Like many patients in the Medical Surgical Intensive Care Unit (ICU) at St. Michael’s Hospital in Toronto, the elderly patient was unable to speak. She was unable to tell her caregivers anything about herself, her likes and dislikes, what she did before she became sick.
But thanks to an innovative nurse-patient communication tool recently adopted by the hospital, her family was able to help nurses and other health-care practitioners know the person behind the patient.
“My Story” is an easy-to-use booklet that aims to humanize the ICU experience for patients and their families. Relatives and close friends are able to fill out personal information about the patient – who they are, what they like, what is important to them – and attach photos and a family tree. The booklet is posted above the patient’s bed.
The husband of the elderly woman, a long-time patient in the ICU, said that filling out the form was therapeutic for him and his son. They shared memories as they completed it by his wife’s bedside. “We have pictures posted on the My Story booklet, and it makes my wife very happy,” says the husband, who asked that the families’ names not be used.
“She likes that the nurses can see that she wasn’t sick like this her whole life. It is nice for her to know that nurses can read about her. She can’t speak, which is frustrating for her, but she wanted to say these things, she wanted to tell her story.”
Through the booklet, one of the nurses on the unit realized that her patient enjoyed watching The Price is Right. She quickly adjusted the TV channel and for the first time saw her patient smile.
“The My Story tool supports nurses at St. Michael’s in their commitment to patient- and family-centered care,” says Ella Ferris, executive vice president and chief nursing executive. “It is a wonderful way for nurses to connect to the person in the hospital bed.”
“This tool is part of the hospital’s effort to implement the Registered Nurses Association of Ontario’s (RNAO) Best Practice Guideline, Establishing Therapeutic Relationships. The hospital is seeking to become an RNAO Best Practice Spotlight Organization by May 2012.”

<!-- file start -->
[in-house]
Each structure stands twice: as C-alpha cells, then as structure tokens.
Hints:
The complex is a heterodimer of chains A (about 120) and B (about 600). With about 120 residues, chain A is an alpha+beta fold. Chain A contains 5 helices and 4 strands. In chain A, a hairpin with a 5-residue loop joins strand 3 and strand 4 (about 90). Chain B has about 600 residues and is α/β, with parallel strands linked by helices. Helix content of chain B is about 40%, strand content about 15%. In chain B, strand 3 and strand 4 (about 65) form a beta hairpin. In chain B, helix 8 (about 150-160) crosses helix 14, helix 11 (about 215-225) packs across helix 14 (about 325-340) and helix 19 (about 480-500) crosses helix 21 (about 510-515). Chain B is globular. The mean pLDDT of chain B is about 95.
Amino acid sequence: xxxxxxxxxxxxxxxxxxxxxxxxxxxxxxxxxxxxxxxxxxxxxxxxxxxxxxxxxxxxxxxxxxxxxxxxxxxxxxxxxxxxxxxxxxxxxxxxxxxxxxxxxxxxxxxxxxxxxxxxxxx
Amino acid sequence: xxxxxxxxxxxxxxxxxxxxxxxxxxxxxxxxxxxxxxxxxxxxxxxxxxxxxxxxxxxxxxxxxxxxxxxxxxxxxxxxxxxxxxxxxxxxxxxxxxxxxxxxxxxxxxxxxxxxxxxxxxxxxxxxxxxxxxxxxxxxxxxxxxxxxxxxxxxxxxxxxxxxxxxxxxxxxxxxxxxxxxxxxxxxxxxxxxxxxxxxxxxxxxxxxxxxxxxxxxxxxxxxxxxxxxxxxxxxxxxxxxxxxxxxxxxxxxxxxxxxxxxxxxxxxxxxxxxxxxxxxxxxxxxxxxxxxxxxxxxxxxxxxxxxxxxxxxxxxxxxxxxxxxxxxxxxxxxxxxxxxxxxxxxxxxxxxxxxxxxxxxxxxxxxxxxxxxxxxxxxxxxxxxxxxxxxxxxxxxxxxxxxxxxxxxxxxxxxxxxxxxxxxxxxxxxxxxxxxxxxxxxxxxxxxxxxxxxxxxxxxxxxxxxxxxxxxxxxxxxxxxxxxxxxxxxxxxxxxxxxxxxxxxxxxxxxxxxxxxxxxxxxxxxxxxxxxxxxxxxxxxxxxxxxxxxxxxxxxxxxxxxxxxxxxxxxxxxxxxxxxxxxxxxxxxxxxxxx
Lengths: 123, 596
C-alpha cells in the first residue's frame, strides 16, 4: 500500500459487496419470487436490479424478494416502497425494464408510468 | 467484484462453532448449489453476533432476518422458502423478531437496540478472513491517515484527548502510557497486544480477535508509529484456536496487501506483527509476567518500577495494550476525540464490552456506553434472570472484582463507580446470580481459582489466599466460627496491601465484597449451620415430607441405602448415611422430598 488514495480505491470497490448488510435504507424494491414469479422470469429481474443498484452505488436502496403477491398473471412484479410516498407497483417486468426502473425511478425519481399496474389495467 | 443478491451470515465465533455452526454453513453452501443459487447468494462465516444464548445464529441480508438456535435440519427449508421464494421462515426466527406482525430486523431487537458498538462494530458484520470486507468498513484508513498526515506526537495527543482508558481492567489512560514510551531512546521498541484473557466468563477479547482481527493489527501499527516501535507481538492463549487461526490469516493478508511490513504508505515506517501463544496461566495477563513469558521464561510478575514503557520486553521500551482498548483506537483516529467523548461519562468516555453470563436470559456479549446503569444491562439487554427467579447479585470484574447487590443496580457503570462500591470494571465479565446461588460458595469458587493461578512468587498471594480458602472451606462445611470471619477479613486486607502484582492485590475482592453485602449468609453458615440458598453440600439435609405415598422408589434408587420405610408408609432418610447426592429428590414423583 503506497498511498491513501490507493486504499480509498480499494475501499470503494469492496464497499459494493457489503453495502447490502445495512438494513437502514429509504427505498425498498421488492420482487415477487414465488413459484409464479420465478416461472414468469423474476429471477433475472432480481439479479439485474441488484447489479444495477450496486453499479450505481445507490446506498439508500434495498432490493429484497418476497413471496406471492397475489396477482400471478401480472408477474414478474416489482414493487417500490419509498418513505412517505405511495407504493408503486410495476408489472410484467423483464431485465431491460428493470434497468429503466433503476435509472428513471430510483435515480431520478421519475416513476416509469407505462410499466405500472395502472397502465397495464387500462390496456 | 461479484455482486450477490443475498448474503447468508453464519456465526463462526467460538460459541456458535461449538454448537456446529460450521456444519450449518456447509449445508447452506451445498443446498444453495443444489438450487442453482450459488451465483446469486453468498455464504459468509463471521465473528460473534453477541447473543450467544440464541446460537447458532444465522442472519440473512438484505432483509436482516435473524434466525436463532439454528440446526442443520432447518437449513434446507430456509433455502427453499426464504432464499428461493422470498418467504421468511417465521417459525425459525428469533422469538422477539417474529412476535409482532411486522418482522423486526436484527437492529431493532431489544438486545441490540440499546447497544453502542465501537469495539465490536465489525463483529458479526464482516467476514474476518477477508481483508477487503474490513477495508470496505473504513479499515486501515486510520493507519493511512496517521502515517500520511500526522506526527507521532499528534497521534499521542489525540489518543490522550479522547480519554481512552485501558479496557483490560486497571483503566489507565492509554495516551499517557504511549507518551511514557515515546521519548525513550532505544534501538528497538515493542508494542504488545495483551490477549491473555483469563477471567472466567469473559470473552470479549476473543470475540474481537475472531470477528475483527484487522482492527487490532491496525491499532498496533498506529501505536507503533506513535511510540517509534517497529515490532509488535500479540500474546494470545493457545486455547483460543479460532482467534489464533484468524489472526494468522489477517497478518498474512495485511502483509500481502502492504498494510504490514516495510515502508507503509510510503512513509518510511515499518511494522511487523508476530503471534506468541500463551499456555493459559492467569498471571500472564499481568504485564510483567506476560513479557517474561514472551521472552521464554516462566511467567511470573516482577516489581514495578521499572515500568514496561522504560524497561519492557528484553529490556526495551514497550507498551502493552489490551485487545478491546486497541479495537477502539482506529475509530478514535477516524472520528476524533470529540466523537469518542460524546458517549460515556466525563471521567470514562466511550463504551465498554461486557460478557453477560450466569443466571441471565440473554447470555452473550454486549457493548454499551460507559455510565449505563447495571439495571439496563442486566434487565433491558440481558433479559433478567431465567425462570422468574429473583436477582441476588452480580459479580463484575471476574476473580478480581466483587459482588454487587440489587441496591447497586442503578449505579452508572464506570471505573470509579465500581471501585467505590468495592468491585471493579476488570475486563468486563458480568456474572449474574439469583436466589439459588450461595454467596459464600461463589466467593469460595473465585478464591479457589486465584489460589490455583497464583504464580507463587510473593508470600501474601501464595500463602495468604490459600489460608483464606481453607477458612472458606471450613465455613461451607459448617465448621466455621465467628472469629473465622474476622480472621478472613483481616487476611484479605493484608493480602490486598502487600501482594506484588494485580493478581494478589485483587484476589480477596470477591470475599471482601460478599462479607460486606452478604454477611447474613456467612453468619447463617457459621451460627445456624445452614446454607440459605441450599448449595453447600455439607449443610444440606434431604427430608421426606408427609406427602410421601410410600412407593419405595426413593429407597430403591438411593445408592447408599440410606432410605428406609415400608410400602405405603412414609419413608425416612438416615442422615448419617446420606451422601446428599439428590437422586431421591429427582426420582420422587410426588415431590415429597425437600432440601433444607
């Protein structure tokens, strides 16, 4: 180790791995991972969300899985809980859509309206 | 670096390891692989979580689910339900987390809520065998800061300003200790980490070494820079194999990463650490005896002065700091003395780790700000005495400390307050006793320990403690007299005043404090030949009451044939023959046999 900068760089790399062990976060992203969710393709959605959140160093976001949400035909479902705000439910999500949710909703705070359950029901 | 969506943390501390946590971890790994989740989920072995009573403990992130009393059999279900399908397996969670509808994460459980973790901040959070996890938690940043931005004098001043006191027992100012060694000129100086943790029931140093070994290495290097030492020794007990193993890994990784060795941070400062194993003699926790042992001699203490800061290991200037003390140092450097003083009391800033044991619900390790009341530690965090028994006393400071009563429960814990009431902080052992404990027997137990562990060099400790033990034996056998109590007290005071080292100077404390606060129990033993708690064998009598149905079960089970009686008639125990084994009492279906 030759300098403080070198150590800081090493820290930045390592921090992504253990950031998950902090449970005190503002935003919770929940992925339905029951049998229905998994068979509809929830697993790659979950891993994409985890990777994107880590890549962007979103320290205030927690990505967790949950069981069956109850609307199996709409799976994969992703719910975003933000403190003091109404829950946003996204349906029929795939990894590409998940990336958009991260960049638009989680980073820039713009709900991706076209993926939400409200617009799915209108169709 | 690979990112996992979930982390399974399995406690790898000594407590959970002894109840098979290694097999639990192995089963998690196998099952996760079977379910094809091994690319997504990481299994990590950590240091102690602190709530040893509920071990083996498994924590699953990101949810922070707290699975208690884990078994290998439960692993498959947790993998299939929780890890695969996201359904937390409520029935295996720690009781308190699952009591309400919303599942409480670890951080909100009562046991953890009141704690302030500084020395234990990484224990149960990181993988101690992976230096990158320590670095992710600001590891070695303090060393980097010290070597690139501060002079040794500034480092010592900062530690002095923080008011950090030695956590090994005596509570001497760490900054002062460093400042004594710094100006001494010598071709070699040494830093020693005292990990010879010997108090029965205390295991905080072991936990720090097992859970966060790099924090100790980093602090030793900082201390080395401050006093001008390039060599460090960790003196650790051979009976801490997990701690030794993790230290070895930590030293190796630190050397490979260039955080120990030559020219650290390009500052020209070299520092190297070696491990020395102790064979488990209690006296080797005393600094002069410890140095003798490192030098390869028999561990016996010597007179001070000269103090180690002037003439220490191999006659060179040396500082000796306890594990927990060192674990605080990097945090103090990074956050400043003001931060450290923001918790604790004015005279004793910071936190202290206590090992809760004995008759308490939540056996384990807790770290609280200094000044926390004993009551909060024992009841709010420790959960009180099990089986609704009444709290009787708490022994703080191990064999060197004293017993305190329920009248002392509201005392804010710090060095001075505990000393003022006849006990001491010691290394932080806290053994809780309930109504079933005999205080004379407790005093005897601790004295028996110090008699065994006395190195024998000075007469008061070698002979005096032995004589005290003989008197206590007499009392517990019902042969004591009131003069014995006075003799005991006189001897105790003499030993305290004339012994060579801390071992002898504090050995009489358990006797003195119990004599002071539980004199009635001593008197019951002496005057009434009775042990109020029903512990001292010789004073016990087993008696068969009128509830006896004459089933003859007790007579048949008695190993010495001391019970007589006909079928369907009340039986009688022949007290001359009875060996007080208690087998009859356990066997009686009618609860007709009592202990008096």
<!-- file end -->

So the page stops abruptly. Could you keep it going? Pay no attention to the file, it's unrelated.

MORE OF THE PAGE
My Story follows patients as they move to different units of the hospital and is used not just by nurses, but by social workers, chaplains, physicians and the entire health-care team.
“The tool helps us build a connection with patients, allowing us to provide a holistic approach to care in a way that has never been possible before,” explains Kerry-Anne Caissie and Ruby Gorospe, staff nurses in the MICU who introduced My Story at St. Michael’s.
They said the tool helps patients feel closer with the nurses, helping to build trust, and improve patient-care and a family’s overall experience in hospital.
Created by St. Jude Medical Centre in Fullerton, Calif., and adapted from Toronto East General Hospital, My Story is used at St. Michael’s in the palliative care and trauma neurosurgery units and the medical-surgical and trauma-neurosurgery intensive care units.
“Families have been extremely receptive to My Story,” says Caissie, who discovered through the booklet that her patient was a champion bowler. “One hundred per cent of survey respondents agreed that My Story made them feel like the ICU team cared about their loved one as a person, not just a patient,” she says, referring to families who were asked to fill out a feedback form.
The My Story booklet asks relatives to list what the patient likes to be called, their hobbies and interests, names of loved ones and pets, their favourite food, music and TV show, their job or career, the things they are most proud of and what makes them happy.